Social media becomes a busier place every day, a limitless digital world that's increasingly harder to navigate as a result. As an independent artist, it's vital to understand not only how to use social media platforms to your advantage, but also to identify which people are worth following. All brands and businesses are tasked with the responsibility of having a prominent presence on social media, but the most efficient way of leveraging platforms such as Twitter and Instagram is to engage with individual influencers. There are thousands of websites and blogs out there fighting for your attention and baiting you to click on their Drake vs. Meek Mill-type stories, but these kinds of hot topic articles should be an extremely low priority for aspiring musicians.
The type of content worthy of your time is advice from music industry veterans who understand the ins and outs of the business. For young artists who are just becoming acclimated to music as a career, there is much to learn from those who have experienced it all. From artist managers to media savants, the industry is filled with respectable professionals who have lived through the best and the worst of hip-hop as it's evolved over the years. But in today's hectic digital climate, it isn't always easy to know which Twitter accounts are trustworthy with so many opportunists out there who are thirsty to capitalize off of unsuspecting artists. Steer clear of the gossip, and use social media as a productive learning tool by following these five hip-hop accounts on Twitter.
1. Karen Civil (@KarenCivil)
Know your worth ..know what you deserve.. Never settle for less.— Karen Civil (@KarenCivil) October 9, 2015
Media maven. Entrepreneur. Content creator. These are the titles that Karen Civil uses to describe herself on Twitter, and they're all quite accurate for a woman who has been a major influencer in the world of hip-hop over the past several years. From creating her own content platform, KarenCivil.com, to being an instrumental figure in Dipset's rise to prominence back in the early/mid 2000s, Civil has accomplished quite a bit in the business, and she has more new projects on the horizon.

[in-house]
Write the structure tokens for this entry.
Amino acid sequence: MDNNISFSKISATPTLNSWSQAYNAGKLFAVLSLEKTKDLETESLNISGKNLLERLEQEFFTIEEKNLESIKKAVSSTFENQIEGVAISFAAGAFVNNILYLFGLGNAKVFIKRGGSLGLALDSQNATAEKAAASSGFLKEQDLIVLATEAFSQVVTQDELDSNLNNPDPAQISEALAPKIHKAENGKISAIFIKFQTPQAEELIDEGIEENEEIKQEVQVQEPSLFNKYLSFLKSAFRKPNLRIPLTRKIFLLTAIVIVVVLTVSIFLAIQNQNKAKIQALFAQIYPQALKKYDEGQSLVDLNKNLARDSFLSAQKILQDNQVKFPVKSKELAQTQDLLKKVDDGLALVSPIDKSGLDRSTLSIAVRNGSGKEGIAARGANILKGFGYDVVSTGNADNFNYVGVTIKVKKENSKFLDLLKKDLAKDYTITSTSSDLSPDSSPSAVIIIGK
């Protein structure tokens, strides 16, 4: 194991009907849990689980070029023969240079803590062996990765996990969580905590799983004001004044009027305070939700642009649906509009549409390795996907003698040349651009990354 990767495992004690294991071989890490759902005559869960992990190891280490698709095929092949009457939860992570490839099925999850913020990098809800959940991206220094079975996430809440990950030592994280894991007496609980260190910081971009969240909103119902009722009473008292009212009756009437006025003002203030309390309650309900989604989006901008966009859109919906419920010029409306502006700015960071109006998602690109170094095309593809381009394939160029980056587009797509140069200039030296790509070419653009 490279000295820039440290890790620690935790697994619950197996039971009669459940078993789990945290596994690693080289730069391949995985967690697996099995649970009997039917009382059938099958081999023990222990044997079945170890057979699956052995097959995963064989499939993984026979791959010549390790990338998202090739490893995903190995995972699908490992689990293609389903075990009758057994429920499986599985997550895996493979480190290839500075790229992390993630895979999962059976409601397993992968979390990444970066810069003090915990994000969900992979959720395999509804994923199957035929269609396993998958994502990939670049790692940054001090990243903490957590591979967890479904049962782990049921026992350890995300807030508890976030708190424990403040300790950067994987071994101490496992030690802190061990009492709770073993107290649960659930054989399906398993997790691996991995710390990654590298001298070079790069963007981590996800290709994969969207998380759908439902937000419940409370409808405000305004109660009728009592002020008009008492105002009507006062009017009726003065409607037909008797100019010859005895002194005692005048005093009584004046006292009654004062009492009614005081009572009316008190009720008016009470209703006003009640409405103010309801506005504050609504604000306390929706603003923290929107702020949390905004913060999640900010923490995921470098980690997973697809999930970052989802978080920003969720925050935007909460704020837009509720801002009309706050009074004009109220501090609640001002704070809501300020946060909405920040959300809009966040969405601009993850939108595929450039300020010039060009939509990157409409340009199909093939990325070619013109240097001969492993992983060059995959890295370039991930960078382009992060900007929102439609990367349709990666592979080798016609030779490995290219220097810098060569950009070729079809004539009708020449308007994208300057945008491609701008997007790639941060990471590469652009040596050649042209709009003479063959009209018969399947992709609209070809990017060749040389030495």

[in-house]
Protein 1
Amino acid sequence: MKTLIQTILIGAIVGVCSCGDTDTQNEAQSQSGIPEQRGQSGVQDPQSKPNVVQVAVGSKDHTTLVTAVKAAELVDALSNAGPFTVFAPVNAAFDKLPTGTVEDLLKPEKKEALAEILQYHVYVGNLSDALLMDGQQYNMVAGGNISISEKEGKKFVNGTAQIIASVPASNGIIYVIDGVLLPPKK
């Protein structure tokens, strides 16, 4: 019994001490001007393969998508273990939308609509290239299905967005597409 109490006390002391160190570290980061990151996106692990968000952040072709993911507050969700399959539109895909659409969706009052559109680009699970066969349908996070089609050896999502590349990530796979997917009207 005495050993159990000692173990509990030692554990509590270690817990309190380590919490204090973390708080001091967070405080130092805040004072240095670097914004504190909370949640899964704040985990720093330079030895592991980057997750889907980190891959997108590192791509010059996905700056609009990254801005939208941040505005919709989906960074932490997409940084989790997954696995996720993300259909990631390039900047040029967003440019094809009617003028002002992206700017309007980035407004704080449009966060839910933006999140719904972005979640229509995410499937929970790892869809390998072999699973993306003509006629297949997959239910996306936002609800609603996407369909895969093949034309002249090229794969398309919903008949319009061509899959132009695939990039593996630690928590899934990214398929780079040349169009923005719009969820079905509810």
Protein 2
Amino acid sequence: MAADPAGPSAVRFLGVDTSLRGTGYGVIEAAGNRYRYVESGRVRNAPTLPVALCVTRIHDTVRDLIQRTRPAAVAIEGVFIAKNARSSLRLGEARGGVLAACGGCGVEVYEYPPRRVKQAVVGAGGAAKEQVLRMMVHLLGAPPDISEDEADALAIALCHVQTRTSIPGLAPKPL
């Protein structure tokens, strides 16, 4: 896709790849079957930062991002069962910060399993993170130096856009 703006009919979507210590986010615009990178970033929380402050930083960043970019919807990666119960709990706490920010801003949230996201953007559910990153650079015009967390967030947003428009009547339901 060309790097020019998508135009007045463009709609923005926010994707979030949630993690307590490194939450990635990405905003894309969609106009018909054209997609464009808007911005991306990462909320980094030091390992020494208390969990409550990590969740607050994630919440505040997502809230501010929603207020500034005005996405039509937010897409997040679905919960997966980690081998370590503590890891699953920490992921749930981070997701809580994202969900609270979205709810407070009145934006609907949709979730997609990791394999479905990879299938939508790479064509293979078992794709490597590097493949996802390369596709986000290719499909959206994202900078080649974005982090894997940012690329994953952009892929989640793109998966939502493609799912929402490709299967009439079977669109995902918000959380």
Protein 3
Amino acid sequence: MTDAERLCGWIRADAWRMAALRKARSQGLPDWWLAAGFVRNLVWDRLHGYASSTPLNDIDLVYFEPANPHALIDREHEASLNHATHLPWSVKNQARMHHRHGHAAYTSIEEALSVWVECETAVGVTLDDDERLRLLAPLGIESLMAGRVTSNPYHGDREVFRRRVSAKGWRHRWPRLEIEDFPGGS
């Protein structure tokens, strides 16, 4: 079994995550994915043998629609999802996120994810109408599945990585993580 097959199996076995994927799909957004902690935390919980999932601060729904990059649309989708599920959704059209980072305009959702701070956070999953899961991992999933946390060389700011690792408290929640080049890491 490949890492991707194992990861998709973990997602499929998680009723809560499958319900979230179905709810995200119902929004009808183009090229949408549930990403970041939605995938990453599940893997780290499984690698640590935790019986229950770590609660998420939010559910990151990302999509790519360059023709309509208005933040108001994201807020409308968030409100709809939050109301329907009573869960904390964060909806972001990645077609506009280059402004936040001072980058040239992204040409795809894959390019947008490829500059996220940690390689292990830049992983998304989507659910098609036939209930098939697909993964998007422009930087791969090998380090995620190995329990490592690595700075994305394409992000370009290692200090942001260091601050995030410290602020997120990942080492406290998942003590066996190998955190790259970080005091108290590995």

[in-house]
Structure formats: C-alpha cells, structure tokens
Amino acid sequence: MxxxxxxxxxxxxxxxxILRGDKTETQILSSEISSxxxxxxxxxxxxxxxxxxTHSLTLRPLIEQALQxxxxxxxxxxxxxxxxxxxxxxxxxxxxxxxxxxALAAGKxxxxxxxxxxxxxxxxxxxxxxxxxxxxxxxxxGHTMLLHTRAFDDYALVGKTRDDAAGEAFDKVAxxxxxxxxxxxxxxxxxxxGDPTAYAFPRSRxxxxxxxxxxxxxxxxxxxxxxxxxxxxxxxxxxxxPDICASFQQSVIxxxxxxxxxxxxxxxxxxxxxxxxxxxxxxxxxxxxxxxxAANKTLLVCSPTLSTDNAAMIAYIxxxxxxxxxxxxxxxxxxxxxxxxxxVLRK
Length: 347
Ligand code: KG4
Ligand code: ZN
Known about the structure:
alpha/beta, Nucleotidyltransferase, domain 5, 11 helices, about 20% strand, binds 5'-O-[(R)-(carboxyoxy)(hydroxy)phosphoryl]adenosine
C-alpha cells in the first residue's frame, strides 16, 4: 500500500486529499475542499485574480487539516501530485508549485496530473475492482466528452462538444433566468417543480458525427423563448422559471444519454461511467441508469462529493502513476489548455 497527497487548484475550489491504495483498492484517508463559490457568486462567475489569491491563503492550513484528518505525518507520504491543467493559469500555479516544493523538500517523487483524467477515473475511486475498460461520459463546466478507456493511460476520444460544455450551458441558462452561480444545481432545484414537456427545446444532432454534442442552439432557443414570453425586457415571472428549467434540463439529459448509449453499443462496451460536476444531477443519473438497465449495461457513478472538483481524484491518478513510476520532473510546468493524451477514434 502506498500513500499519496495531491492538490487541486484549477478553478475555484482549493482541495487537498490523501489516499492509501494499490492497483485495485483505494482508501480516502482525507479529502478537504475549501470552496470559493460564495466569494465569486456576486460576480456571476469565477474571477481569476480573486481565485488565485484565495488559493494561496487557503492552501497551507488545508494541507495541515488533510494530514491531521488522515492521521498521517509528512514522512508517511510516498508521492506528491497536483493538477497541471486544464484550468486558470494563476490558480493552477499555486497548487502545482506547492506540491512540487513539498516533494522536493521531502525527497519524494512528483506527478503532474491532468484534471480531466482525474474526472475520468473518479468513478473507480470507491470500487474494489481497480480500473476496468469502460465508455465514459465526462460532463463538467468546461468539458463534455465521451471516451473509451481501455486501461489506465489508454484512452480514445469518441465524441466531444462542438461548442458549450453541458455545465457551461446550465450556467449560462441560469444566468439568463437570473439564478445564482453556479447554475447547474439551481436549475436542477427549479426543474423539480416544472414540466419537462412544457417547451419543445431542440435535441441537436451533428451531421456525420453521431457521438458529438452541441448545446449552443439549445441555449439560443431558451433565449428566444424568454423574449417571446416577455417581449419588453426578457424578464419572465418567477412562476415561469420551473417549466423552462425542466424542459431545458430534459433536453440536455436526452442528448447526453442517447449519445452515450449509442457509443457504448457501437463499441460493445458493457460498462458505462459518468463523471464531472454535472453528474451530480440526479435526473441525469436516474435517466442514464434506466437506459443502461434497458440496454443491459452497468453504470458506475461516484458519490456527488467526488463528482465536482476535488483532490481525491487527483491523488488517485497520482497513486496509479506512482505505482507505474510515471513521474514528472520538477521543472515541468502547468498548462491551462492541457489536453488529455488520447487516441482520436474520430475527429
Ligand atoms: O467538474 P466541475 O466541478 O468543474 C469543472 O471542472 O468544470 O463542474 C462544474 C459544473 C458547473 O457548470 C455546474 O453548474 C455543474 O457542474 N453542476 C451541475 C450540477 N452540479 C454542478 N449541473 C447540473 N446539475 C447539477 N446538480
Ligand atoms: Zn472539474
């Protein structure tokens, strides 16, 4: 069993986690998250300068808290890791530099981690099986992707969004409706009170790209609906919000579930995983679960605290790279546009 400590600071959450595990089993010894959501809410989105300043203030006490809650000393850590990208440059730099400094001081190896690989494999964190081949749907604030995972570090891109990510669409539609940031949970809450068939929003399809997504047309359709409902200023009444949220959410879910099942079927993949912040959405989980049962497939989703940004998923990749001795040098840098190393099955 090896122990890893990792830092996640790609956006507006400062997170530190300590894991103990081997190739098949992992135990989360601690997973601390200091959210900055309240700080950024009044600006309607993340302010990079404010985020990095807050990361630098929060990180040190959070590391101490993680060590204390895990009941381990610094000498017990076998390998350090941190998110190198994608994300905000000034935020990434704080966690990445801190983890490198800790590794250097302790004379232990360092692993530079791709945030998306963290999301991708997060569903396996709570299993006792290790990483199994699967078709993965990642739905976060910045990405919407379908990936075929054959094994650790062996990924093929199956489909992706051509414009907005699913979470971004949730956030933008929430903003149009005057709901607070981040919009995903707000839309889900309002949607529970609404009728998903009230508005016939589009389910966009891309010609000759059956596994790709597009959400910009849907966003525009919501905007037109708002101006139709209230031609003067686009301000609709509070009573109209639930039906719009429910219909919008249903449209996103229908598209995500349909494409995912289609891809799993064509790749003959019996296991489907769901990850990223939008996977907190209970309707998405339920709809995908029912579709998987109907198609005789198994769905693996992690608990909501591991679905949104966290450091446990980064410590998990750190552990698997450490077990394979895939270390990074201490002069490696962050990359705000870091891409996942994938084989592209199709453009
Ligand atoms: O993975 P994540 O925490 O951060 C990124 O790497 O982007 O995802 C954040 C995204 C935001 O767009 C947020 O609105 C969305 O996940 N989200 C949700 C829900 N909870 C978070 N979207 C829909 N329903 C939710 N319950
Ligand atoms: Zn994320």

When you follow Karen Civil on Twitter, you get everything from the latest hip-hop news to insightful factoids of her experiences working in the industry, and the latter should be particularly important for indie hip-hop artists seeking gems from someone who brings in packed crowds to every panel she appears on. This feature in XXL sheds some light on Civil's background and the story of how she reached her current status as a "power player." While the accolades are nice, what's most important is the fact that Karen Civil is someone who connects with people in a unique way. Whether she's interviewing well-known acts or giving advice to rising indie artists, Karen is widely respected for a reason, and a must-follow for anybody who's interested in making a living by the means of music.
2. Blame The Label (@blamethelabel)
Drive, patience, and consistency. If you do those things no one can stop you.— Blame The Label (@blamethelabel) October 17, 2015
With a Twitter name like Blame The Label, indie artists should automatically gravitate toward the social media account of Amir Abbassy, a music-industry veteran who played in a key role in Freeway's career as his manager during his prime years under Roc-A-Fella. Abbassy makes it a priority to demonstrate how independent artists can monetize their music without the backing of a major label, and his Twitter account is the place where you can soak in jewels on daily basis.
His inspirational advice applies to life in general just as much as the topic of indie success, and his sharing of upcoming talent is proof that he still has his finger on the pulse of today's independent scene. In short, Blame The Label is the type of Twitter account that's capable of changing your entire perspective in 140 characters or less. While Abbassy may not have hundreds of thousands of followers, his management experience and his positive mindset resonate in his social media presence. You don't have to blame labels for everything; you only have yourself to blame if you don't follow Abbassy on Twitter.
3. Nathan Slavik (@refinedhype)
Hurts when I hear a young artist so obviously copying someone famous. Like watching a lost child alone in the middle of the street.— Nathan Slavik (@refinedhype) October 9, 2015
Independent artists who are hip to today's blog scene should be aware of DJBooth.net, a website that's regarded as one of the internet's primary destinations for those seeking in-depth content on hip-hop. Putting aside my hip-hop journalist title and speaking purely as a fan of music, the features written on DJBooth.net provide an excellent balance between entertainment and insight, an art form that's quite rare these days and does not go unnoticed.